Twenty-three days, 13 mountain ranges, and only three paved roads along the way. “The Crown Traverse” is a North American backcountry route unlike any other.
IT WAS THE SECOND DAY of a 23-day trek. Mike Foote and Mike Wolfe were sketched out. “You know this is not a moment where you can mess up,” recalled Foote. “If you slipped, you’re going for a 2,000-foot fall.”
“We were on [Montana’s] Mountaineer Peak, and none of us had been over it,” said Wolfe. “There was a fresh coat of snow, and underneath was ice, and we were picking our way through this fourth- and fifth-class ledge system” in running shoes.
“The Crown Traverse,” a never-before-attempted backcountry route, was underway.
Last fall, ultra-runners and The North Face athletes Mike Wolfe, 38, and Mike Foote, 32, trekked, climbed, and ran 600 miles from their homes in Missoula, Mont., to Banff, Alberta, forging a new backcountry route dubbed “The Crown Traverse.”
Known in the ultra-running world as “The Montana Mikes”, the duo was attempting to run, scramble and bushwhack a little-explored stretch through the mountains.
The region, spanning more than 18 million acres, is one of the largest intact ecosystems on the continent. It spans from southwest Montana north through the Canadian Rockies as unpopulated wild land.
The “Crown of the Continent” was a pinnacle expedition sponsored by The North Face last year. According to Foote and Wolfe, the intention was to run between the two points, traversing ridgelines and off-trail routes in the “most aesthetically pleasing way possible.”
Later this summer, the company will release a film of the feat in coordination with The North Face “Never Stop Exploring” Speaker Series. (See trailer here.)
‘The Montana Mikes’
We caught a screening last week in Minneapolis and “the Mikes” also stopped into GearJunkie headquarters for a visit.
The following article is based off our interview with Mike Wolfe and Mike Foote, including stories on icy ledges, busted gear, and sleepless nights along the remote way.
First Traverse: 600 Miles Across ‘Crown Of Continent’
THOUGH KNOWN AS ULTRA-RUNNERS, the Mikes have a background in mountaineering. That skill would come into play almost every day as they trekked, ran, and scrambled on ridges few have ever seen.
They ran ultralight, with equipment the pair depends on during ultra-distance races around the world, 20-liter packs, and a small tent.
Still, ultralight has its price. Both Foote and Wolfe said if they were to do the journey again, “Bring More Shoes” is what they would do differently.
“I went through about eight pairs,” Wolfe said, “and I wish I would have had more.”
Wolfe noted he’d never seen terrain eat up footwear so fast. The lighter-weight running shoes he depends on, from multiple brands, were not built for the rigor of day-in, day-out mountain running.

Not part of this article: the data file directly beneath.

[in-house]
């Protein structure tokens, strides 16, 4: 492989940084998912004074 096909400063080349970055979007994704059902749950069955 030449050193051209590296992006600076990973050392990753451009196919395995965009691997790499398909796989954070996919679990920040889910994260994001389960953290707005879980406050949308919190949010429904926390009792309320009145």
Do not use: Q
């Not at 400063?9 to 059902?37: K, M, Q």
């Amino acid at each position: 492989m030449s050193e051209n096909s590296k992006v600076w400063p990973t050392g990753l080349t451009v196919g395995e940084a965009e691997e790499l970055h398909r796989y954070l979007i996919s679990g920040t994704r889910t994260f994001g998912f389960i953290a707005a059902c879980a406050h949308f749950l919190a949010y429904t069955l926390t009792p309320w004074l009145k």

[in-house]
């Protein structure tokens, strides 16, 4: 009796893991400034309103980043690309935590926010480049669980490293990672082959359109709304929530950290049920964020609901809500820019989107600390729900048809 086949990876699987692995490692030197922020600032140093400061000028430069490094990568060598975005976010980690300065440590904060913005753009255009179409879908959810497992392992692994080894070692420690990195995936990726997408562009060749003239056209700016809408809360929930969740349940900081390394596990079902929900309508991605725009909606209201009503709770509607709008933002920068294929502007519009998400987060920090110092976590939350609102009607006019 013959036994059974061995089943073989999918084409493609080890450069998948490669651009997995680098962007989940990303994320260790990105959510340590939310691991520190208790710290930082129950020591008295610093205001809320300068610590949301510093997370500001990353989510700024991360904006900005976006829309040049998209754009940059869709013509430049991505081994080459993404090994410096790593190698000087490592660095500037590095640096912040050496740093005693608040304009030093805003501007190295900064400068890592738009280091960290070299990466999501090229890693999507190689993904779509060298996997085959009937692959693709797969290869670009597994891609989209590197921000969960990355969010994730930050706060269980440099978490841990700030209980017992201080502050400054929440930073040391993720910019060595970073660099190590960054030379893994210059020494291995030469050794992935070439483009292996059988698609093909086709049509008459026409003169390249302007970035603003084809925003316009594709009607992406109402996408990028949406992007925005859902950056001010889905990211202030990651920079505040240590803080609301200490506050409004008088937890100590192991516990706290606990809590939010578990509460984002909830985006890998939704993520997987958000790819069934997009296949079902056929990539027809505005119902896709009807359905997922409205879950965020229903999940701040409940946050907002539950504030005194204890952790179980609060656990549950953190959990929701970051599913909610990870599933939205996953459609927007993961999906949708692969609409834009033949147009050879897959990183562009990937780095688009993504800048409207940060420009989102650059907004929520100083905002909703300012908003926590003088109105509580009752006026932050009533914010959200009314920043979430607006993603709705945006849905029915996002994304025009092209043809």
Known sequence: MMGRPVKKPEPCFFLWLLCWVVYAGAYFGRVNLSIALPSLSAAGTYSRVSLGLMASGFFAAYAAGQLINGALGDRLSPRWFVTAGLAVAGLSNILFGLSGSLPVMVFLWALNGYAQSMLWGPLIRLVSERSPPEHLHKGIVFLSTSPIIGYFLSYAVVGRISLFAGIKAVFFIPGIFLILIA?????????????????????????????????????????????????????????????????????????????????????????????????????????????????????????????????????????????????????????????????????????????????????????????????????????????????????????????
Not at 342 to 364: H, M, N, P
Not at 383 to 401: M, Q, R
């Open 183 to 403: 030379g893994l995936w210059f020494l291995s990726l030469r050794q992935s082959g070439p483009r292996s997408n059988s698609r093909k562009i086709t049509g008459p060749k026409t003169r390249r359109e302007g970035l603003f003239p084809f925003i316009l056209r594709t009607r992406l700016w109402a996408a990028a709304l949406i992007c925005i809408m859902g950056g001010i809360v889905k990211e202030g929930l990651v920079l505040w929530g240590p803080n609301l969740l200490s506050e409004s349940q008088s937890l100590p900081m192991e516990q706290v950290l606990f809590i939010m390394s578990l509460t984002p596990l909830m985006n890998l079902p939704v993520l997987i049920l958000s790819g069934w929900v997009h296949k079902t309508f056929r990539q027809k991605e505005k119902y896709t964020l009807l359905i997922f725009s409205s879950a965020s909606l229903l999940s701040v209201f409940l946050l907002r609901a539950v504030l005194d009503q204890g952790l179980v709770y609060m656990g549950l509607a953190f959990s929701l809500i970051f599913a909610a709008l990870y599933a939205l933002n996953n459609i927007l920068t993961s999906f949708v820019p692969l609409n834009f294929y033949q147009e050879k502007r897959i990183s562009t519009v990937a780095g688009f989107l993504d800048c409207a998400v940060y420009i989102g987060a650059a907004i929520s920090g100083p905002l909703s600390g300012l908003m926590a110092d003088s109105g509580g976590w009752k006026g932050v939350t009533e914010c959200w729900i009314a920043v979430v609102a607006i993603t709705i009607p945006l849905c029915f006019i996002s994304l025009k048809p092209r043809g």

Not to mention rock climbing. And glacial crossings. While the pair mapped out their route overall at the beginning, each day brought fresh challenges to find a line.
This meant climbing vertical cliffs and traversing ledge systems (without ropes) on snow. “Our climbing background was key,” Wolfe said.
A Gnarly Gear Test
On one peak, the pair planned to glissade an immense snow field. However, poor conditions required a painstaking down-climb through melting ice caves where crampons would have been nice.
A support van followed the route from a distance, meandering around the mountains on rare roads. The team was able to meet up with the vehicle every few days.
But most nights were spent in the backcountry, where Foote said he was often cold and had trouble sleeping.
“I had two sleeping bags and a small pad,” he noted, “and for weight, I often grabbed the lighter sleeping bag; next time I would bring more warmth on those nights.”
The tent, the O2 model from The North Face, on the other hand, was a good choice. Foote said it was bomber, and at 1 pound 5 ounces, it’s lighter than two bivy sacks.
The duo tested a prototype jacket from TNF, a “permanent beading” shell that would become the HyperAir GTX. Foote commented on its durability, as the thin jacket held up to bushwhacking for miles on the route.
Beyond gear from their main sponsor, the team used 20-liter Ultimate Direction running backpacks, Therm-a-rest pads, and shoes from Salomon, Nike, and others. “It was a two-week gear test,” Foote said, noting that most of his picks performed over the entire trip.
Pack Weight, Calories & Cold
Their packs weighed about 30 pounds when loaded with water and food. Sustenance consisted of “anything high calorie,” including Oreo cookies, potato chips, nuts, bacon, and meat.
“We tried to eat oatmeal for breakfast but it just did not do anything,” Foote said. The pair gave oats up for denser food each morning. “We just needed to crush thousands of calories a day.”
High ridge traverses made water rare. The pair had to descend thousands of feet at times to access a mountain stream or lake, sucking water through a Sawyer filtration straw and then stashing H2O in their packs before moving high again.
They built a rhythm. The days blended together, September wore on, and as they got further north the cold set in. “We were wet and cold a lot,” Foote noted, and a mantra of “eat and move, eat and move” took over as they ticked away the miles and the mountain ranges.
Just A Few More Feet
At the end of the trip, when Foote, Wolfe, and photographer Steven Gnam (who joined them for much of the route when not nursing injuries) finished after 23 days, they plopped into some chairs in a Banff parking lot. Wolfe checked his DeLorme GPS Tracker, which recorded their trip.
He was shocked by the readout. “It was at 599.7 [miles],” he said. Their goal was 600 miles.
So, the trio wrested themselves up and ran around the town until the total read 600 even.
“We’re runners,” Foote said, all further explanation unnecessary.